As soon as I let out a tiny sigh, a heavy note erupts from behind me. The teacher emits the same reaction as I and cocks her head slowly to face the direction of where the sound came from. I pause, already knowing and tilt my head in question as the red-head girl fiercely flits her bow across a string and nimbly releases a pleasing note. It complements the dense air that encircles the stiff musicians’ chair.
She winks at me before regaining her posture and mumbles something to herself, before nodding. The teacher stands, stare drilling holes into the red-haired girl, who blinks innocently at her demise. The teacher clears her throat and briskly walks towards the girl.
“You do know, Mrs. Harbor, that I can’t miss you until you leave.” In an attempt to restore order, she points to the door and places her hand on her hips. The girl, whom the teacher has addressed as Mrs. Harbor, points to herself before standing and walking to the door, in a compelling manner. The large doors open, letting light that was resting in the corridor flow in for a moment, before allowing the doors to slam shut. I widened my eyes at this simple act of defiance and pondered why it was done. Had she meant for me, the quiet and un-talented girl that sat in front of her, to join her?
Before I knew what, I was doing, my hands had taken their position and strummed a squeaky note. A chitter of laughs was sprinkled from throughout the crowd. I stood up and did my best to glare at the powerful conductor, whose eyes narrowed sophisticatedly at me.
“I am NOT learning anything except that this room is filled with wealthy and corrupted people.” I grabbed my instrument and before the conductor could instruct me, I scampered to the door before my legs had the chance to give way and collapse. I used my left side of the body to prop open the door and dash out.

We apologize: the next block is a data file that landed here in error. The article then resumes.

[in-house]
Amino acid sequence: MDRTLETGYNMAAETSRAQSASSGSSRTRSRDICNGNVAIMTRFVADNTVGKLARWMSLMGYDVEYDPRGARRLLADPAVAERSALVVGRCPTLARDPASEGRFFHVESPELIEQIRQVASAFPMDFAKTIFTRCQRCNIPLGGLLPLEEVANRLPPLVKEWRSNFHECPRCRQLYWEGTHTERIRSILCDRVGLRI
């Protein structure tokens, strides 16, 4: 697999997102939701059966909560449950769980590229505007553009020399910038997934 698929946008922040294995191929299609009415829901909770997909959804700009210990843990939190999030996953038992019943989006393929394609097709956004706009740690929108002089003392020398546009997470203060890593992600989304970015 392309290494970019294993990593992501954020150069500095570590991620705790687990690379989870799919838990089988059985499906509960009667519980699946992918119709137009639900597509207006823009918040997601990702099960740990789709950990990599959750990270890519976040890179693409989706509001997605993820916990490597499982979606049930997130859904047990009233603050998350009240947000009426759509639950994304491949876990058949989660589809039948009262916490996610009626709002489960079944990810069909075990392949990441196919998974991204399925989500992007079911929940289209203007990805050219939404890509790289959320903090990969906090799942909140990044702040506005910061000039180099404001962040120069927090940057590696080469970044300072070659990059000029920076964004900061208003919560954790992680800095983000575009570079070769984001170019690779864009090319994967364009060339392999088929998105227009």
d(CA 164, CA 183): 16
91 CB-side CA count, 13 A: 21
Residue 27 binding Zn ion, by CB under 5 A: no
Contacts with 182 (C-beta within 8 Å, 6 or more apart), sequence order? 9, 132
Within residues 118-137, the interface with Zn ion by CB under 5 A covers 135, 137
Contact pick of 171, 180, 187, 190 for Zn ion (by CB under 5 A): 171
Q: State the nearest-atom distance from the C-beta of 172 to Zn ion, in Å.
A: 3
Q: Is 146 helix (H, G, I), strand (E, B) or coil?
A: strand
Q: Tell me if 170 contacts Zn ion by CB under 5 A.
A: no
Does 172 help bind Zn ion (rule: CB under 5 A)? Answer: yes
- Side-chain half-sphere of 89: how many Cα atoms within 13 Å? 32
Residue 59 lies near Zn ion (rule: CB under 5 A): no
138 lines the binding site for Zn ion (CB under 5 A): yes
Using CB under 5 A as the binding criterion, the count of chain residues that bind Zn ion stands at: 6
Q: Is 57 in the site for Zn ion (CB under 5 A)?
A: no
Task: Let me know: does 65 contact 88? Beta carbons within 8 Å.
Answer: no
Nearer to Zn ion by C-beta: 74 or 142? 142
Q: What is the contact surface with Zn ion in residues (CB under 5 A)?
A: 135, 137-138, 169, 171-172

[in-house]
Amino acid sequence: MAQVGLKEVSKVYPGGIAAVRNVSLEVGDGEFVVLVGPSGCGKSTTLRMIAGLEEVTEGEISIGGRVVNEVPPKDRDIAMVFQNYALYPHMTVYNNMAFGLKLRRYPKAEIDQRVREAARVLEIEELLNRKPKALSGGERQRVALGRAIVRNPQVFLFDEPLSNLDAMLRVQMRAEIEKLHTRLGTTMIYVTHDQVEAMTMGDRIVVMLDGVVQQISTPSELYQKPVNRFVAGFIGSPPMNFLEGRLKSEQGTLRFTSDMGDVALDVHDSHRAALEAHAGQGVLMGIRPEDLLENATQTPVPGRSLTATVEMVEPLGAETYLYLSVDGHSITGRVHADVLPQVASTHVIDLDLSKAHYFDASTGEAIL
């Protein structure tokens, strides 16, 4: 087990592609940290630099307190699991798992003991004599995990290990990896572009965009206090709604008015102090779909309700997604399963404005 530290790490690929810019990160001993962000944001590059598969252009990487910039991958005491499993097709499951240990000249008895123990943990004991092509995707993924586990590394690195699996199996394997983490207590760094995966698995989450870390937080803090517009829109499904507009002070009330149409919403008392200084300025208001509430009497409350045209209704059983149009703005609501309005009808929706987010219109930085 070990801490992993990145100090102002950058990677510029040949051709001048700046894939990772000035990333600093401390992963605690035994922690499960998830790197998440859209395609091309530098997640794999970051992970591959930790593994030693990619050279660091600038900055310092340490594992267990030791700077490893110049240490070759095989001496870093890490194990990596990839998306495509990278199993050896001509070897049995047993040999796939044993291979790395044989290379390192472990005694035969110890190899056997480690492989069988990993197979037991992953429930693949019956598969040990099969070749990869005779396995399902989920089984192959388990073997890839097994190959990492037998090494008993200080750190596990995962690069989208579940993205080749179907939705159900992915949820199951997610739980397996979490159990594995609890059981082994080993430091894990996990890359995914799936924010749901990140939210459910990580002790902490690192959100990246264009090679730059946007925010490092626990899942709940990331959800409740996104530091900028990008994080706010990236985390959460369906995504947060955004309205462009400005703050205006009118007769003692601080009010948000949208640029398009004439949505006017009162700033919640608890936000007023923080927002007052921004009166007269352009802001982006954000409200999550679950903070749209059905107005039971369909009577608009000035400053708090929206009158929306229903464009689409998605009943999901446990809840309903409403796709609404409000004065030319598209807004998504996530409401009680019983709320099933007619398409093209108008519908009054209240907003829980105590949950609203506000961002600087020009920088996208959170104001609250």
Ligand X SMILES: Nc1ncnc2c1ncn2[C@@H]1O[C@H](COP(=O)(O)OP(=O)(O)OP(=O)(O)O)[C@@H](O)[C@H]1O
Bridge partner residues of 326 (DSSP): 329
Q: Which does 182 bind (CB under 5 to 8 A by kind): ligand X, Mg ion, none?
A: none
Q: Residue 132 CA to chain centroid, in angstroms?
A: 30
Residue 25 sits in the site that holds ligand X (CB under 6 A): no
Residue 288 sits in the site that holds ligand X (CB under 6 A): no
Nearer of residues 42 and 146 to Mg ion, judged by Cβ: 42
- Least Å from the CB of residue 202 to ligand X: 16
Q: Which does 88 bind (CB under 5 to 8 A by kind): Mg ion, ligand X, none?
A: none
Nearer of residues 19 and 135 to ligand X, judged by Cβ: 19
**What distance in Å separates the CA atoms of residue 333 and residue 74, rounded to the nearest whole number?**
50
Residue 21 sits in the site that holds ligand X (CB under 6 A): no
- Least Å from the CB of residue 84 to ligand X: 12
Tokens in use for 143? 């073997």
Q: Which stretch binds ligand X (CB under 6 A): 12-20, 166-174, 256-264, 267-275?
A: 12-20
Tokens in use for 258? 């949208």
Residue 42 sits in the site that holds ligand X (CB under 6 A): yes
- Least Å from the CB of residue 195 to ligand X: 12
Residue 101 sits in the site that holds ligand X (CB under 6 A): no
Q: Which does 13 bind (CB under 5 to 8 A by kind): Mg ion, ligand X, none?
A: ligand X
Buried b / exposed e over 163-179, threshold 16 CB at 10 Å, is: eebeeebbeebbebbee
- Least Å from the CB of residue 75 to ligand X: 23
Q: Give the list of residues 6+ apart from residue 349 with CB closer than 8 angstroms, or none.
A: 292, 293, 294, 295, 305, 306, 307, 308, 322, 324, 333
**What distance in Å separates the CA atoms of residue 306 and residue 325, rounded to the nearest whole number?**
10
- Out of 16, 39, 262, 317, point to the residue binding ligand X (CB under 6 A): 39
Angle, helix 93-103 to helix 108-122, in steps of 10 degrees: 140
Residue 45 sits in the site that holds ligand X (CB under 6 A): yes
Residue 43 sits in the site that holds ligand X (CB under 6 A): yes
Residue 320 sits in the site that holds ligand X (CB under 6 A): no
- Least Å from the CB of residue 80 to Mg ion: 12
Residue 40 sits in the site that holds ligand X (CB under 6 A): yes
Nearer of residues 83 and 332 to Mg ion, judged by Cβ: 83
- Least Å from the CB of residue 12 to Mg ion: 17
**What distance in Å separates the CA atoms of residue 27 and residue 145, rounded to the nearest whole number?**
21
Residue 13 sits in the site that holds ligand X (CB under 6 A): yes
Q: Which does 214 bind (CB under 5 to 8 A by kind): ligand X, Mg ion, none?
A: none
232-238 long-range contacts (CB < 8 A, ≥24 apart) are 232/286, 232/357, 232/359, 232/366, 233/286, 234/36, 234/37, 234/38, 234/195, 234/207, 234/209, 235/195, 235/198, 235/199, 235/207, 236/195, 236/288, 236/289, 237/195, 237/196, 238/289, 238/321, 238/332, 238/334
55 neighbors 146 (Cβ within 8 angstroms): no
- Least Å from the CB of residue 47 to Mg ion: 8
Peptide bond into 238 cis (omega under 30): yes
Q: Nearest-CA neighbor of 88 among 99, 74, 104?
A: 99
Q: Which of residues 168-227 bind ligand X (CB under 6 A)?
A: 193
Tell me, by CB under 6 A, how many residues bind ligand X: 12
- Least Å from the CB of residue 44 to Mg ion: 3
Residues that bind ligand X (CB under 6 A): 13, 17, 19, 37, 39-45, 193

As soon, as I entered the hallway, I paused to catch my breath and let the worries about what was going to happen in the future thoroughly sink in. I placed my free hand on the polished wall and panting, leaned onto it. My adrenaline rush was high, and blood roared in my ears like a waterfall.
A soft voice silenced the flow as it called my name.
“Hello? Are you okay?” My head whipped up and the red-haired girl stood before me, looking as though this happened all the time. I pulled my hand from the wall and let it drop to my side as I took the time to find my voice.
“That was pretty amazing, what you did in there. I heard all of it.” The girl didn’t wait for a reply before continuing.
“My name is Julia and I guess yours's Carmen, right?” I gave a faint nod and with more prompting, nodded harder.
“Did you want me to come out here?” Julia looked at me and smiled.
“Yeah, I guess you could say that.” She looked at her feet before attempting to make eye contact with me.
“I wanted to teach you. The teacher in there,” Julia jabbed her thumb towards the door, “already acts as though these prestige students already know everything. It always makes me angry.” She shook her head quickly, and I noticed her hoop earring pattered against her cheeks. A small smile grew on my face and I gestured to my violin.
“Wanna start now?”
“Ready when you are” We both placed out violins, our fabulous instruments, onto our shoulders.
“Want one piece of advice to start off?” I nodded excessively.
“Your fingertips should burn.” And the music began.